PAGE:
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That belief would be upended in part by the arrests in January of Peterson and Antwion Mc Gee, both black residents of Gary. The manager of a taco restaurant was making a night deposit at a bank machine outside the mall when a man walked up to him and shot him once in the head.

That changed when Mc Gee said to police, “let me tell you something — that guy you have in custody, it's the shotgun killer.”To convince them, Mc Gee told police a detail about the tailors' killings that had not been made public — that one brother was killed upstairs and the second brother downstairs.“It was a no-s*** moment,” Staples said.

“Maybe we have something here.” George Robert Brown, second from left, confessed to the 1956 slaying of an East Gary beautician.

Lawrence Mills, a 43-year-old insurance salesman from Hammond, was found dead in his car, still dressed in the three-piece champagne-colored business suit he had worn that day to work.

A half-mile north from the Legion hall, a woman dropped off a package at a home in Griffith when she heard the crunch of dry leaves. The shot missed, she screamed and the shooter fled.

Brown's sentence was then reduced to life in prison. He told a reporter he was born an only child in Madison, Indiana, in 1932.

He said his parents divorced when he was young, and he was left by his mother with relatives, whose sons sexually abused him.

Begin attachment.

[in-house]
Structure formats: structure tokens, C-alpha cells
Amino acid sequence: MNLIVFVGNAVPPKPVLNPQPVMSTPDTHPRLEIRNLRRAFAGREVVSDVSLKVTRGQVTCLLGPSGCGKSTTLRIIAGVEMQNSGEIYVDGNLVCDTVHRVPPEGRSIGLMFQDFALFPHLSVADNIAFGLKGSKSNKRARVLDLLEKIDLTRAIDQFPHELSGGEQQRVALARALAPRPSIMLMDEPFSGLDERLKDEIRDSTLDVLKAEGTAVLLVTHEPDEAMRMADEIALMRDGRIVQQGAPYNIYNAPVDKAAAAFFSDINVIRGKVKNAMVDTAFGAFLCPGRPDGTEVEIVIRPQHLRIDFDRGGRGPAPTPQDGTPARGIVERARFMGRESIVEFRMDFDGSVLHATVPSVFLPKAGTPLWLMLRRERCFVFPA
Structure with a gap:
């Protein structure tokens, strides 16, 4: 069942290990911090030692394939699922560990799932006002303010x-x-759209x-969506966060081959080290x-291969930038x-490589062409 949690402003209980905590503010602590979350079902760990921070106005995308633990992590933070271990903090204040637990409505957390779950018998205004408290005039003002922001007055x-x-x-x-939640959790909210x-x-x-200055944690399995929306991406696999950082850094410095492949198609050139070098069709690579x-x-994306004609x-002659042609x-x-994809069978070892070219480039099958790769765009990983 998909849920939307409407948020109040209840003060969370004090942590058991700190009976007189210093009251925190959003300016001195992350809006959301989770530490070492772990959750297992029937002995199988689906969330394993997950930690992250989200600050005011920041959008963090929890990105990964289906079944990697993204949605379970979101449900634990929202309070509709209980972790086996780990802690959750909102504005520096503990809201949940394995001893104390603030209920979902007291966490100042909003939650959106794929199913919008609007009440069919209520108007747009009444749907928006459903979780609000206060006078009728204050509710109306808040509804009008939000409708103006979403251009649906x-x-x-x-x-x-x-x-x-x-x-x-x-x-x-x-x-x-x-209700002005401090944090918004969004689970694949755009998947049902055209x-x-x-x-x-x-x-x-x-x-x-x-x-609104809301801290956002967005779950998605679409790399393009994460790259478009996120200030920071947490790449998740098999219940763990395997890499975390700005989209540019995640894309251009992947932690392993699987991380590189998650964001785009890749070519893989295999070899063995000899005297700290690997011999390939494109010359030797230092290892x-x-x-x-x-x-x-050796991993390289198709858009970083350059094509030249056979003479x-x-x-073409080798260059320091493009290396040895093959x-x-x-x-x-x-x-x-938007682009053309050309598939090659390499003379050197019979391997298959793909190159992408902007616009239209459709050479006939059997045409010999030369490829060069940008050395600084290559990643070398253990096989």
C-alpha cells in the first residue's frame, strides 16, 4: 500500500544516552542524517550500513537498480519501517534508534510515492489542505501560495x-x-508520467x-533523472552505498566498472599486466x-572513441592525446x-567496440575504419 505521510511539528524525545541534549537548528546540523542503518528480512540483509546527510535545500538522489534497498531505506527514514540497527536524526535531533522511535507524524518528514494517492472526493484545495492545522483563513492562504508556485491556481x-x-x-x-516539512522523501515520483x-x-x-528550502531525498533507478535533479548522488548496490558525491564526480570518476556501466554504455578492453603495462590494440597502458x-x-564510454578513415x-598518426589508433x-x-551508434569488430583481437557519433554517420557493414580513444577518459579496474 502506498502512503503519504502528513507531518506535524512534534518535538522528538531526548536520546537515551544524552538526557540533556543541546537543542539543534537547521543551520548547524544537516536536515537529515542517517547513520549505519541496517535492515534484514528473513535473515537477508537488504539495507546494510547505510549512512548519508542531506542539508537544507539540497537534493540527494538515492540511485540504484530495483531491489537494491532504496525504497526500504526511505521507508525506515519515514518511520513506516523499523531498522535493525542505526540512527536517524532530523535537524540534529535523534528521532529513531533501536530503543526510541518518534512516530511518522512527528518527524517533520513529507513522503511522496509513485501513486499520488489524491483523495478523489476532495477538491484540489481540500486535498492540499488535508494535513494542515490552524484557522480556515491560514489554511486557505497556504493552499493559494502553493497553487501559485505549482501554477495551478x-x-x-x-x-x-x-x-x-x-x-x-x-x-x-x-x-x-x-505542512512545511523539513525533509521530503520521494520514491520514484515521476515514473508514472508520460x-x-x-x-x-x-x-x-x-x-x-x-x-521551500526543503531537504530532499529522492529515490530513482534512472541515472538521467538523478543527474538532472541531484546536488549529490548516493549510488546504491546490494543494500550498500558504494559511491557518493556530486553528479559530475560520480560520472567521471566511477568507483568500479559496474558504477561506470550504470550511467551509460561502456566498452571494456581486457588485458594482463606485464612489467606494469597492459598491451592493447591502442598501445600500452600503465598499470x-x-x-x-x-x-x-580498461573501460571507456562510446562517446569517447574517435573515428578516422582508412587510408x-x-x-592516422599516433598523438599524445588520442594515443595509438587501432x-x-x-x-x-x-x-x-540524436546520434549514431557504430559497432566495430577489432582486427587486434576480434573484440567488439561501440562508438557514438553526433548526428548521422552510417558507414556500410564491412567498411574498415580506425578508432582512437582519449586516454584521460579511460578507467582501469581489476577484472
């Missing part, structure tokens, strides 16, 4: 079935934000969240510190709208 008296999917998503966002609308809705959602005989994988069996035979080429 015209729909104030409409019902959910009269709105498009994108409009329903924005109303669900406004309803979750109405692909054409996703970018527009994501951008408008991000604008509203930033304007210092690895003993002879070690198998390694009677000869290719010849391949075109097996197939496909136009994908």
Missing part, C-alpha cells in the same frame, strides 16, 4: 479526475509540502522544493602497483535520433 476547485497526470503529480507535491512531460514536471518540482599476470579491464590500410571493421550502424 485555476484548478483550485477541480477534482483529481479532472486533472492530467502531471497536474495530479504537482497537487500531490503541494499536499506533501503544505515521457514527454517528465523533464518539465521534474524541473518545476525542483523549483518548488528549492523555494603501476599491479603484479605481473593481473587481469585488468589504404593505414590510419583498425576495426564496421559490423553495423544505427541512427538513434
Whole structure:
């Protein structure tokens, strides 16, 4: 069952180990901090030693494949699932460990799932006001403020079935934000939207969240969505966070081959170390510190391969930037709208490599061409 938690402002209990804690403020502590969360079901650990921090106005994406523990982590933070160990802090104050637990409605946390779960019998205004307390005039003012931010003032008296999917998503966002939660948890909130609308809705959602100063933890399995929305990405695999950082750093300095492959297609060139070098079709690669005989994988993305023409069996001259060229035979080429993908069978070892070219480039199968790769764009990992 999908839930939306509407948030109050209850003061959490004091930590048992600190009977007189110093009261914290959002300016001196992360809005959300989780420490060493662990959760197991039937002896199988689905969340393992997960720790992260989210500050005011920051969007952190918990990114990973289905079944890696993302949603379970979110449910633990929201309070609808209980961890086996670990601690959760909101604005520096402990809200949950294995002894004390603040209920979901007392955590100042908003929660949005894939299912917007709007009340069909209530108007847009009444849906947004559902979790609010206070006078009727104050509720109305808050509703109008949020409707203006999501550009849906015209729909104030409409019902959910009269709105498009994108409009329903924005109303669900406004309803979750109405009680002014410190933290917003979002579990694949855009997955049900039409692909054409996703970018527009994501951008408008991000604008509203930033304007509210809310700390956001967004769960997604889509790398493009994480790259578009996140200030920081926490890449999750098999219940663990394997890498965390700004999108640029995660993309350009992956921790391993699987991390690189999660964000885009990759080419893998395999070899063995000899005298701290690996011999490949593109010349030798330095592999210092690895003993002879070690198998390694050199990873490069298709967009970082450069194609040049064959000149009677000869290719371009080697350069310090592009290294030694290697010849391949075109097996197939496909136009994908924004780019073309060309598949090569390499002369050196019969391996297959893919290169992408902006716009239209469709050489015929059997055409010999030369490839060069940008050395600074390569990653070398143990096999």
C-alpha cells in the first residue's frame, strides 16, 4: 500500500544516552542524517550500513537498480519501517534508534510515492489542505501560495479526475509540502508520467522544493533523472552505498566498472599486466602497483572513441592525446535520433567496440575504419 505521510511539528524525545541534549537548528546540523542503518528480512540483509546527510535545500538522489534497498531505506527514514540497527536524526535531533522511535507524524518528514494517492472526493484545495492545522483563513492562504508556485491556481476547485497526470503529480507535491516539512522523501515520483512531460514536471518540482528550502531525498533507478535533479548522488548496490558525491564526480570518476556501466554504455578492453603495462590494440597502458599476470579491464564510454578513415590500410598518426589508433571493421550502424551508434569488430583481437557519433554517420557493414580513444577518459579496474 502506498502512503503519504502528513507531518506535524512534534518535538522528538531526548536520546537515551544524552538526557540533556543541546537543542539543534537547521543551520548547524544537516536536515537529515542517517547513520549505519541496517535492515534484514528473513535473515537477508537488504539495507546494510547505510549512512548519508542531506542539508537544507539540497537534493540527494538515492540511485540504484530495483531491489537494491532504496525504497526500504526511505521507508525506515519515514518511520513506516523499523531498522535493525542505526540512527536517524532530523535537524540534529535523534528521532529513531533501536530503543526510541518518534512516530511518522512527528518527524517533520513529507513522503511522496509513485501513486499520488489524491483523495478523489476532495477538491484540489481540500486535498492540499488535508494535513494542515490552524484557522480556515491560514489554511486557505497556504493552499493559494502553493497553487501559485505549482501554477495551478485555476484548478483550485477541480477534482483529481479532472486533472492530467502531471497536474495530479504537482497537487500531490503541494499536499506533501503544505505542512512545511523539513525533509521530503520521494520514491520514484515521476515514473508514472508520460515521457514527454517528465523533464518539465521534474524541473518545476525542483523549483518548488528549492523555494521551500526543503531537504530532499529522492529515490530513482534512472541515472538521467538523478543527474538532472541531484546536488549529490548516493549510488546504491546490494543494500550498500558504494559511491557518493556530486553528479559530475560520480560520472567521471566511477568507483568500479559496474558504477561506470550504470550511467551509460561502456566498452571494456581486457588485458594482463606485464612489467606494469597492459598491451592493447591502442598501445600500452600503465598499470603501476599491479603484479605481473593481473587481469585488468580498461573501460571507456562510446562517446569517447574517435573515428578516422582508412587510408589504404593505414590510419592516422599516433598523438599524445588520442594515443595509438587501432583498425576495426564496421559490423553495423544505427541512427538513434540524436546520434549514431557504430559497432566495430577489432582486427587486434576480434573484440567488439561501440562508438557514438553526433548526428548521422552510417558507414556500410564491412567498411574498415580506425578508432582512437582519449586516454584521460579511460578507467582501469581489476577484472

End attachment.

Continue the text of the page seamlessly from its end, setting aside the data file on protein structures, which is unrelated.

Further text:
“After the first night, we connected them pretty quickly.

They were so vicious.”Local businesses and cities offered rewards for information. Police thought they knew two things about the shotgun killer, based on witness statements: He was a slender, white man with middle-length hair, and he drove a small, boxy white car.

With Brown, from left, are Deputy Sheriff Eli Uzelac, Chief Deputy Sandor Singer and Deputy Nick Garapich. Route 6 in New Chicago.“I tried to kiss her and she resisted,” Brown, 25, told police in his confession. I choked her until she didn't moved.”Brown said he put the woman's body in a depression at the airport, covered it with rocks and cement, and returned later to toss tin cans on the grave.

George Robert Brown — the Gary steel worker dubbed the “Dunes Slayer” — died a quiet death in state prison almost 40 years after he confessed to strangling two women near the old Triangle Airport in New Chicago. Brown confessed two days later to a second slaying.

A trial was never held for Brock's killing, but the defendant's confession to that crime, as well as six other sex offenses and four burglaries in late 1956 and early 1957, was presented as evidence at the Grigonis trial.

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